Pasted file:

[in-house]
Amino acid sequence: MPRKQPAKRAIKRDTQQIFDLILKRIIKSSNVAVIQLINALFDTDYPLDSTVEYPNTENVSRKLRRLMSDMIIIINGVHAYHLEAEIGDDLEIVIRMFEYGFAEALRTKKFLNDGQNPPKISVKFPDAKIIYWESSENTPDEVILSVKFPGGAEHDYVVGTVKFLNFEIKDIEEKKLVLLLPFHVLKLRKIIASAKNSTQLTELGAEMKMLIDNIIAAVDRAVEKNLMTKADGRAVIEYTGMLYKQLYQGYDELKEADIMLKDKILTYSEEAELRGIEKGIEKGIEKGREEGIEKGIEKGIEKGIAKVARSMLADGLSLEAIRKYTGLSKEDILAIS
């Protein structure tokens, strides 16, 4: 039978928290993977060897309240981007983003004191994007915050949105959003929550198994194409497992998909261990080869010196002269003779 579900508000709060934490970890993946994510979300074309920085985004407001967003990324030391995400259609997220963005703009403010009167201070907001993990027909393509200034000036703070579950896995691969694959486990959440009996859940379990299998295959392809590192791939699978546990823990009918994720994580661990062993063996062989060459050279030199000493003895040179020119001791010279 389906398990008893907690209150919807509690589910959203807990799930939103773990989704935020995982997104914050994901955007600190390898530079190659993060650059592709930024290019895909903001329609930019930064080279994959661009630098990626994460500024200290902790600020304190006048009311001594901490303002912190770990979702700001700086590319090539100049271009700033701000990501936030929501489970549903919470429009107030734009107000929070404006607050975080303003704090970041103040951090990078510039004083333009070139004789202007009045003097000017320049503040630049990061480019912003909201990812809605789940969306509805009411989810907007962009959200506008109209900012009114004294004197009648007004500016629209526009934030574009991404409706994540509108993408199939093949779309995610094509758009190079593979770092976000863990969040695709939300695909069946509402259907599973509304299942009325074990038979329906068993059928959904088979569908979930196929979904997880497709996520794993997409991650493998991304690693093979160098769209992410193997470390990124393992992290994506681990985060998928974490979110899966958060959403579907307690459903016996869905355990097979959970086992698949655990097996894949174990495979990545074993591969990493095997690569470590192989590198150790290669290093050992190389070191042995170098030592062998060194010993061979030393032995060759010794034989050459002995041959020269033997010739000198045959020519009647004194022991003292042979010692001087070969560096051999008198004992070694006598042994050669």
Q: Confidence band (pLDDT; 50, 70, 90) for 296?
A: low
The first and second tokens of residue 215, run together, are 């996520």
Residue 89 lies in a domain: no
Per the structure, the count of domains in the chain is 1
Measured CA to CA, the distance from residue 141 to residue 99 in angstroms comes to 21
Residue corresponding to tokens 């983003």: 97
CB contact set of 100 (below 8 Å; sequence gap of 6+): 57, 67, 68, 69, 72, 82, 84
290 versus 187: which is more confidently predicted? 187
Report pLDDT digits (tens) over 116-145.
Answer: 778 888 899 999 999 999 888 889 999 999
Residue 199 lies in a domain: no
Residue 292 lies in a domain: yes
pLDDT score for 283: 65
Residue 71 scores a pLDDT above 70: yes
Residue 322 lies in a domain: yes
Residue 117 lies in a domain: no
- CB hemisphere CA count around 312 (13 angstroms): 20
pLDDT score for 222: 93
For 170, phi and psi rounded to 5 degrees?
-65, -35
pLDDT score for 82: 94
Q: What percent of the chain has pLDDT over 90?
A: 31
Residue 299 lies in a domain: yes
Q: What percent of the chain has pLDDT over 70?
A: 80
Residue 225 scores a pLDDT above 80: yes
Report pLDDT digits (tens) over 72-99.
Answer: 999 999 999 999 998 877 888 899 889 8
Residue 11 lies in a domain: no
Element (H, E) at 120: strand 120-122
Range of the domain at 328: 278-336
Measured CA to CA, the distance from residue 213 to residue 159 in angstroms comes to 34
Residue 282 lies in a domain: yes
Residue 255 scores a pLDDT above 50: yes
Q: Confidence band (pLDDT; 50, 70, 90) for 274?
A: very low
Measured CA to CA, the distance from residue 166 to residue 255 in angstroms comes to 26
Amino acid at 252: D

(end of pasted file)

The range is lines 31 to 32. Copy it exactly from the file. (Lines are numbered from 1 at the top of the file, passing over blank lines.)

Residue 225 scores a pLDDT above 80: yes
Report pLDDT digits (tens) over 72-99.